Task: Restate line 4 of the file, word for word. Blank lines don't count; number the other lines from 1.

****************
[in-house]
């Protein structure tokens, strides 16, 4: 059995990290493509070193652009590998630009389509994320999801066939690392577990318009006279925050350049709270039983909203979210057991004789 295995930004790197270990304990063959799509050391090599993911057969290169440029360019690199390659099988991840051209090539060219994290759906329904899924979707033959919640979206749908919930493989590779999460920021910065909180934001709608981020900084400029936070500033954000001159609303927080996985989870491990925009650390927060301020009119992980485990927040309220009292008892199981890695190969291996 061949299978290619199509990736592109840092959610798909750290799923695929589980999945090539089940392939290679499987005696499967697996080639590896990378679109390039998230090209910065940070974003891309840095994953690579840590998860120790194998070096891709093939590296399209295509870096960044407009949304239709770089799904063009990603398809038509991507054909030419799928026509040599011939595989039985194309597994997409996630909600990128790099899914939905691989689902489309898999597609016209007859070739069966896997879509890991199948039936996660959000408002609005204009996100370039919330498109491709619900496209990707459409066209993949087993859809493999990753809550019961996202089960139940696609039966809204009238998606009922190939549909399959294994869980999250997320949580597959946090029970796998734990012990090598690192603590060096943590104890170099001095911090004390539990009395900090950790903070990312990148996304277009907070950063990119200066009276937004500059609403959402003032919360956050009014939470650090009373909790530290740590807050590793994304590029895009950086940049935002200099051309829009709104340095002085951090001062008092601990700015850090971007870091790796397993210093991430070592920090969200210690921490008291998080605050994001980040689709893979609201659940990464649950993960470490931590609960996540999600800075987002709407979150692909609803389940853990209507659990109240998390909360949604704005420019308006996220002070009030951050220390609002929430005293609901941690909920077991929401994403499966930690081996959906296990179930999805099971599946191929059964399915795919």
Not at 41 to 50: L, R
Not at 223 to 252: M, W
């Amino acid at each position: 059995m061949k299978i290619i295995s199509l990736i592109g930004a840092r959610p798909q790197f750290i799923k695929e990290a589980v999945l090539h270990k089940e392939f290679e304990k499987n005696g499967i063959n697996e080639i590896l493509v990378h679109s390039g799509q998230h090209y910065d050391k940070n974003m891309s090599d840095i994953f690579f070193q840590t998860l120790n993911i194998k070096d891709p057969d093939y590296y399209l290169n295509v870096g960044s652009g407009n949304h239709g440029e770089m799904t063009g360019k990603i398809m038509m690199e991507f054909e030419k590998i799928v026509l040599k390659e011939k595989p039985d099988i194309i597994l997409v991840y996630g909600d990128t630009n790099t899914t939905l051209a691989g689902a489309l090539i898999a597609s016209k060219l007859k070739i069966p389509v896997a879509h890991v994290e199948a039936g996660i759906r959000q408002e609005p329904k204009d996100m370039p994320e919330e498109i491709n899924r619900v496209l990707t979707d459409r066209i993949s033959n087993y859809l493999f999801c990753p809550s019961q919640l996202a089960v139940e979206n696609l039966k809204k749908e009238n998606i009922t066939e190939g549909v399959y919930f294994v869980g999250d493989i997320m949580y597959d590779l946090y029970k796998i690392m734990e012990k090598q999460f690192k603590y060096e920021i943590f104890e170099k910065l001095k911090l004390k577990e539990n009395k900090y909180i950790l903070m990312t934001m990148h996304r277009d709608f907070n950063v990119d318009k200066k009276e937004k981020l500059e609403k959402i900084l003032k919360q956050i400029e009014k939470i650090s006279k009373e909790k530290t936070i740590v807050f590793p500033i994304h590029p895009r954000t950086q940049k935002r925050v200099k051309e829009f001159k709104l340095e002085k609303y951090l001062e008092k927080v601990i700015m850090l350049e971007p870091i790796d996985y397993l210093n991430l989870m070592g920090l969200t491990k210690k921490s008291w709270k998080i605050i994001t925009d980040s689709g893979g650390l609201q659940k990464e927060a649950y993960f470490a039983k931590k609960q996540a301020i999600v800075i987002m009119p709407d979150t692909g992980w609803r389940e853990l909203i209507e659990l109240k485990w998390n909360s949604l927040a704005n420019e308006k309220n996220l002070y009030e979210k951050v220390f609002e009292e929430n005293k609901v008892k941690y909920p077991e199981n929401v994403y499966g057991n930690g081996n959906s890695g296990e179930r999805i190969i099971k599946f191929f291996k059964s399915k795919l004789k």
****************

Not at 223 to 252: M, W